There are a few schools of thought about spider treatments, but as always it is important to identify which spider you are treating and your (customer’s) desired outcome. There are some people who claim you can only control spiders by direct contact at the time of treatment. Some manufacturers have claimed their product has shown more than 18 months control in trials. Others claim, and this is where I sit, that it is important to contact as many spiders as possible at the time of treatment but residual spider control is most likely achieved by controlling flies and moths, the spider’s prey. Which is true?
Is identification important? I believe it is, but only to the level where it helps you make the treatment a success. There is little value in identifying a pest unless that identification gives you understanding of its life cycle, habits and potential danger and you can use that information to provide a better treatment. It may be sufficient to identify some spiders as ‘webbing spiders attached to the house’ and to differentiate from Orb Weavers that may use the house as one anchor for their webbing. Spider look-a-likes such as the ‘daddy long legs’, that are not susceptible to some treatments need to be identified if those products are to be considered for use.
Your desired outcome is determined by the requirements of the customer. The customer that wants spider activity to be dampened down may be happy with a quick spot spray. If they were expecting freedom from spiders because you offer them a 12 month warranty, they may be very disappointed.
Treatments for ground dwelling spiders, red-backs and webbing spiders will be very different. If you write ‘spiders’ on the quote or invoice your customer will expect you to treat them all. Ground dwelling – eg funnel web. Funnel webs are poisonous, the aim of this treatment is to dramatically reduce numbers without exciting the spiders to roam into ‘people’ areas. A sub-lethal dose of a synthetic pyrethroid (SP) will cause funnel webs to roam and seek shelter, perhaps finding their way to a harbourage in someone’s shoe in the laundry. Organo-phosphates (OPs) do not excite the spiders and are ideal to treat ground dwelling spiders.
Red-backs – or search and destroy! Red-backs have a very characteristic untidy web, sticky at the top to catch prey and not sticky in the lower part as the living quarters. Because these spiders can be so scattered, a thorough inspection for all sites of activity is essential. For success, the spiders and their eggs must be controlled. Where the webbing is on a house, the spider will often shelter inside the weep holes – these should be dusted using a powerful duster with a weep hole attachment. More commonly we hear of red-backs in roof voids dropping from downlights. These may be treated by dusting or misting the roof void. I prefer dusting with permethrin dusts, which are now registered for control of spiders. The most common place to find red-backs on a service call is where they were before, indicating a thorough treatment was not carried out the first time. SPs will flush red-backs from nooks and crannies.
Webbing spiders – you must differentiate between house-bound and garden spiders that attach their web to the house as an anchor. There is little that can be done to control the garden spiders such as the Orb Weavers – and really who would want to even if walking through their web occasionally is uncomfortable. The treatment of house-bound spiders is discussed in detail below.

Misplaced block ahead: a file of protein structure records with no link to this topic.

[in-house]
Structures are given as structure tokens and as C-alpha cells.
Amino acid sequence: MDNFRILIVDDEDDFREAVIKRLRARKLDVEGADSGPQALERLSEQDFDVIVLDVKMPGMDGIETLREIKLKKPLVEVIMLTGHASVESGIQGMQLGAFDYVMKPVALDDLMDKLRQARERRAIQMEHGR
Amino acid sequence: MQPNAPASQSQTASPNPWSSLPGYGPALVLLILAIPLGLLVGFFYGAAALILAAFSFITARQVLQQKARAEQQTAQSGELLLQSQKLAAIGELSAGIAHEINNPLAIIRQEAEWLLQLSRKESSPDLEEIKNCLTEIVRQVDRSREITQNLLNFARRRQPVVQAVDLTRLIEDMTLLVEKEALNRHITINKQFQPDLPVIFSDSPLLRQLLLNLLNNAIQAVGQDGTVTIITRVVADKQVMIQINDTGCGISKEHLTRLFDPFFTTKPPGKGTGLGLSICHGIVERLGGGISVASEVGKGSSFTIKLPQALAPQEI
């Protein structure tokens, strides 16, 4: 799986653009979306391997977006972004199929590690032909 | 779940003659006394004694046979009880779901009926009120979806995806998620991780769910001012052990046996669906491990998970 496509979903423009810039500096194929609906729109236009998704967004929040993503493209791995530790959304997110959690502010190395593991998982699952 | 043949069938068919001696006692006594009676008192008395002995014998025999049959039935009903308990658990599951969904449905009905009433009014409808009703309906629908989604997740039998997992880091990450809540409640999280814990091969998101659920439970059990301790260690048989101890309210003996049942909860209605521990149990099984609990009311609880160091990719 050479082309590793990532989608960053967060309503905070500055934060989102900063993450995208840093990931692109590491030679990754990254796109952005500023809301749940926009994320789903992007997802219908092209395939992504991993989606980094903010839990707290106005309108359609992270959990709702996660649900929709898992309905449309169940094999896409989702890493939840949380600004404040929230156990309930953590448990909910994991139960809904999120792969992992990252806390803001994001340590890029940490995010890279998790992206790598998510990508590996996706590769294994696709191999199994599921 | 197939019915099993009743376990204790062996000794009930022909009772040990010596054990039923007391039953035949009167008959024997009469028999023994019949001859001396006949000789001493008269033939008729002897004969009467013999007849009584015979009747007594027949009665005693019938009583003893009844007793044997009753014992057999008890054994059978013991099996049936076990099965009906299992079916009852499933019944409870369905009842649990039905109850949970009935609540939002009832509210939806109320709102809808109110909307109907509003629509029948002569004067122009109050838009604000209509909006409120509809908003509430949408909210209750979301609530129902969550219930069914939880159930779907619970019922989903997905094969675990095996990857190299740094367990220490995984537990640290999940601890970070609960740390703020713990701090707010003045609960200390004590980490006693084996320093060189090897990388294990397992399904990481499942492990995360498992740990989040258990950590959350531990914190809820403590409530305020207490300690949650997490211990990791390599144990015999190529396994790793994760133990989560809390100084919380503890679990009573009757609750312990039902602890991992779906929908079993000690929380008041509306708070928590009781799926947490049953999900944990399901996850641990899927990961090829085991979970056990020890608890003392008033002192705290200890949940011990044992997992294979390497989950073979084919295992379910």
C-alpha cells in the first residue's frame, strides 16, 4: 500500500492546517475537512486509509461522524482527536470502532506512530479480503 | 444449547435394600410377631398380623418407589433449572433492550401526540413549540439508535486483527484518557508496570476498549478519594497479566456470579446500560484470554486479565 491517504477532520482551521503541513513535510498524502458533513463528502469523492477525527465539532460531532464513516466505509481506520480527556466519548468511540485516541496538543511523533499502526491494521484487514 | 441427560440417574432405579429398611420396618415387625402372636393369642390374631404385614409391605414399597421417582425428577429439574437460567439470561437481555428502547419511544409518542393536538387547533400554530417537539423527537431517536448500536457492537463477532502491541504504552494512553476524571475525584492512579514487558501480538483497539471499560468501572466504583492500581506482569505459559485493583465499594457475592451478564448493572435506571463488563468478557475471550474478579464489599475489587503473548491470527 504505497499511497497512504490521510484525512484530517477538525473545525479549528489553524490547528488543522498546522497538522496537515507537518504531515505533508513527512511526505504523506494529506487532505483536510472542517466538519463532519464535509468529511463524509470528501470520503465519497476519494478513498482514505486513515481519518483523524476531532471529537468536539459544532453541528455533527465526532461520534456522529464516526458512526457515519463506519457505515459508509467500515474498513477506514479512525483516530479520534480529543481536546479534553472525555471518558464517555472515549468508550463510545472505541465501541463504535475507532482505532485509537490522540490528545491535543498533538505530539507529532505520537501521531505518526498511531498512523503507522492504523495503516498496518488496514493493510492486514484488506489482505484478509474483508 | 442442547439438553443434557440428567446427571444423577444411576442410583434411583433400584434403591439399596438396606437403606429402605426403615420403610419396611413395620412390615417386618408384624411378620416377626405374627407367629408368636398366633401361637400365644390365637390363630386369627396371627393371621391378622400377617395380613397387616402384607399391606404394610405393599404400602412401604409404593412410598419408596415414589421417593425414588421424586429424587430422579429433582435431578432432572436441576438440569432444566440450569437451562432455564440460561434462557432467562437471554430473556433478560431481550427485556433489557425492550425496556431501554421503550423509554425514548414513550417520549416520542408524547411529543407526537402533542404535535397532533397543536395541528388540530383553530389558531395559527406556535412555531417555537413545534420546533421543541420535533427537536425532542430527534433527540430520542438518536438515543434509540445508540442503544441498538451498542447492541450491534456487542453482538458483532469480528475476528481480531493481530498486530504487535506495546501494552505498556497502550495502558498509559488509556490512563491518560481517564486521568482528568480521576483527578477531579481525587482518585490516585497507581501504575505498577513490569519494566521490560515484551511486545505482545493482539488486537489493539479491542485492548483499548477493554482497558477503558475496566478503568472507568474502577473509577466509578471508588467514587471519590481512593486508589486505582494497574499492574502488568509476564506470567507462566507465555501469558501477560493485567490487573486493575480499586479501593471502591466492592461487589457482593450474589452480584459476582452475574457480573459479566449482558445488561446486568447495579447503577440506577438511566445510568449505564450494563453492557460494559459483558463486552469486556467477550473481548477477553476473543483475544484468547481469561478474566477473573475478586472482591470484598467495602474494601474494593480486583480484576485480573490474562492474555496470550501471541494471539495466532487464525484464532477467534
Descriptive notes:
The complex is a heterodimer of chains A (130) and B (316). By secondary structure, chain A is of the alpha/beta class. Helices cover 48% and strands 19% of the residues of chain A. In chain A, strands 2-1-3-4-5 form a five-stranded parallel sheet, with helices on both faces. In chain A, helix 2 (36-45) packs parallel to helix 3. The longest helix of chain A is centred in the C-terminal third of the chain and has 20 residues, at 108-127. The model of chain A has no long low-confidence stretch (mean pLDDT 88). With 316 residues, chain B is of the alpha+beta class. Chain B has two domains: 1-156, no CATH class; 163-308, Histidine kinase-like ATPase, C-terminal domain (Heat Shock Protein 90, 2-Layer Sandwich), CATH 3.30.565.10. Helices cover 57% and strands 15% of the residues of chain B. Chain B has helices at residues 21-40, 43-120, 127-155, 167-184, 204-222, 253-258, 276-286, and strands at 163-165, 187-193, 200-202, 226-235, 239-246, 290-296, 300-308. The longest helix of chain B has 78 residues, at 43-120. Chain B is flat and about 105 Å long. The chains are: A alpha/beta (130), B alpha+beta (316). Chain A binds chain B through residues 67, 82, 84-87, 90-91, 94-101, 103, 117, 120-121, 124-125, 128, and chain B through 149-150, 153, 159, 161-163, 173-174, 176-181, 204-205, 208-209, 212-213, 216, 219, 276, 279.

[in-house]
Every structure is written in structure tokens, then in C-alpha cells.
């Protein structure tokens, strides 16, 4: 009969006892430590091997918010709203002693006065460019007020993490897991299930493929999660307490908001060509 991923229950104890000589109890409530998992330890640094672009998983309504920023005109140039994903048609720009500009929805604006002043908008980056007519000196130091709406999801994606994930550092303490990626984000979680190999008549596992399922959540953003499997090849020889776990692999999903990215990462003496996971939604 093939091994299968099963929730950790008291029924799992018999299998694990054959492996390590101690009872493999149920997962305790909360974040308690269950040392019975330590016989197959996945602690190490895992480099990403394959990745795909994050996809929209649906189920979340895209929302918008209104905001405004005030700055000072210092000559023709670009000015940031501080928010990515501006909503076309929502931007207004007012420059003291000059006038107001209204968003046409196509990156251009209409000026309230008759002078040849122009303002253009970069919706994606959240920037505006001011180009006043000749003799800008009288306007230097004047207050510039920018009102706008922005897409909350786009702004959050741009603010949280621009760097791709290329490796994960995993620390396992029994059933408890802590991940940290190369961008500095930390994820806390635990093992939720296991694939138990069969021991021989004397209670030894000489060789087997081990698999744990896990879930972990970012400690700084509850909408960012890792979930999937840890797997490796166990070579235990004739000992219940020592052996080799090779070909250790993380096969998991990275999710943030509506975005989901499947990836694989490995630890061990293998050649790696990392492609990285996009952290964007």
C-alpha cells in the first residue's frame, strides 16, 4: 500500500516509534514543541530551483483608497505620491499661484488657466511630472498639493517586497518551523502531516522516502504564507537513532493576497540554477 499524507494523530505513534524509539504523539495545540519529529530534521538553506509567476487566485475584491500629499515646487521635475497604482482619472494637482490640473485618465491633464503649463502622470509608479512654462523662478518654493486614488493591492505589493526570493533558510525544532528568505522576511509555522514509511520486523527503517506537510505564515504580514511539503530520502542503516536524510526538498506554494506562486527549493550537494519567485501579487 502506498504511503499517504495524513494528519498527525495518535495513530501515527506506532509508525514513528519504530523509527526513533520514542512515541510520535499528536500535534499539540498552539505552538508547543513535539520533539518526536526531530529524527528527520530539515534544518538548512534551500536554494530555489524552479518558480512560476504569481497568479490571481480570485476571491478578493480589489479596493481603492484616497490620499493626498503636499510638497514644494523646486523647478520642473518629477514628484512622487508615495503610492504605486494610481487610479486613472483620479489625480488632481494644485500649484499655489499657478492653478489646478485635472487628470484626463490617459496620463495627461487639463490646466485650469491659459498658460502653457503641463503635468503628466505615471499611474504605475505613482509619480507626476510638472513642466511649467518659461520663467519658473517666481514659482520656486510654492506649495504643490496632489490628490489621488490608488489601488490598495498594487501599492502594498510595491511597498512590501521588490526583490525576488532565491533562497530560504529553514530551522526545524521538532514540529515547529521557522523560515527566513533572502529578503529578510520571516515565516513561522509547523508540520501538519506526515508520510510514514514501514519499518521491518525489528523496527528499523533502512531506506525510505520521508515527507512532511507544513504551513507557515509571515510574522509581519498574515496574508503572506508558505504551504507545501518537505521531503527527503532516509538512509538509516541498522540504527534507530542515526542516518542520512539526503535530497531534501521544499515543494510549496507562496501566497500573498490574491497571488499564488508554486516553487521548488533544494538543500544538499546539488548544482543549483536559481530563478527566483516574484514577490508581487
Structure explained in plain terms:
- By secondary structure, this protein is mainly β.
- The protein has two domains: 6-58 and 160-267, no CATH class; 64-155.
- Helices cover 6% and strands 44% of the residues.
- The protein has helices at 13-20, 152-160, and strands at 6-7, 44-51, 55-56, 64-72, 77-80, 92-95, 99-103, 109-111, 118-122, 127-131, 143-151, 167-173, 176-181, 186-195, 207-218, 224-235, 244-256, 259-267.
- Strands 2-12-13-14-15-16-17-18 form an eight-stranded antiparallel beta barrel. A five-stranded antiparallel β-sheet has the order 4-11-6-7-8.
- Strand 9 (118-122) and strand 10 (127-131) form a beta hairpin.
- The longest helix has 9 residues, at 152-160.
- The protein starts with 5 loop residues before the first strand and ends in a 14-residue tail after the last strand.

Some OPs do not control ‘daddy long legs’
Are daddy long legs spiders? “Urban Pest Management” describes thin legged ‘spiders’ that bounce their body when disturbed as Harvestmen, not true spiders.
When contacted in the past about Baytex not killing spiders, I would ask the complainant if the spider was daddy-long-legs. Without exception, the answer was ‘yes’. I do not know if this is common to other OPs.
Treatment of brick constructions compared to weatherboard houses.Which product(s) should you use?
Spiders hide inside weep holes and around window and door frames and surfeits of brick houses. Weatherboard houses provide many more harbourages, often with cracks between each weatherboard.
The small droplet size and high spray pressure may help penetration into cracks and crevices but may cause spray drift.
Two points to note:
1) Product labels – many labels require double the amount of formulation if a pneumatic (hand pump) sprayer is used compared to a mechanical pump. This is because you will use about twice the amount of total spray using your truck mounted pump compared to your Rega – so the same amount of active is delivered. Some labels (eg Cislin) also differentiate rates on the basis of treating porous or non-porous surfaces, porous surfaces are half the product but double the spray volume compared to non-porous. There is good logic behind that – you can only put so much spray onto a non-porous surface (eg painted weatherboard) before it runs off, whereas brick will absorb much more.
Some labels, such as Biflex, promote a two part treatment for spiders – a crack and crevice treatment to draw spiders out of their nooks and crannies followed by an overall band spray of surfaces. This has obvious advantages over a one-step coverall treatment, but how many pest managers go around a building twice?
2) You may consider using a solvent based SP for weatherboard houses and a SP – wettable powder, suspension concentrate or capsule suspension formulation – for brick homes.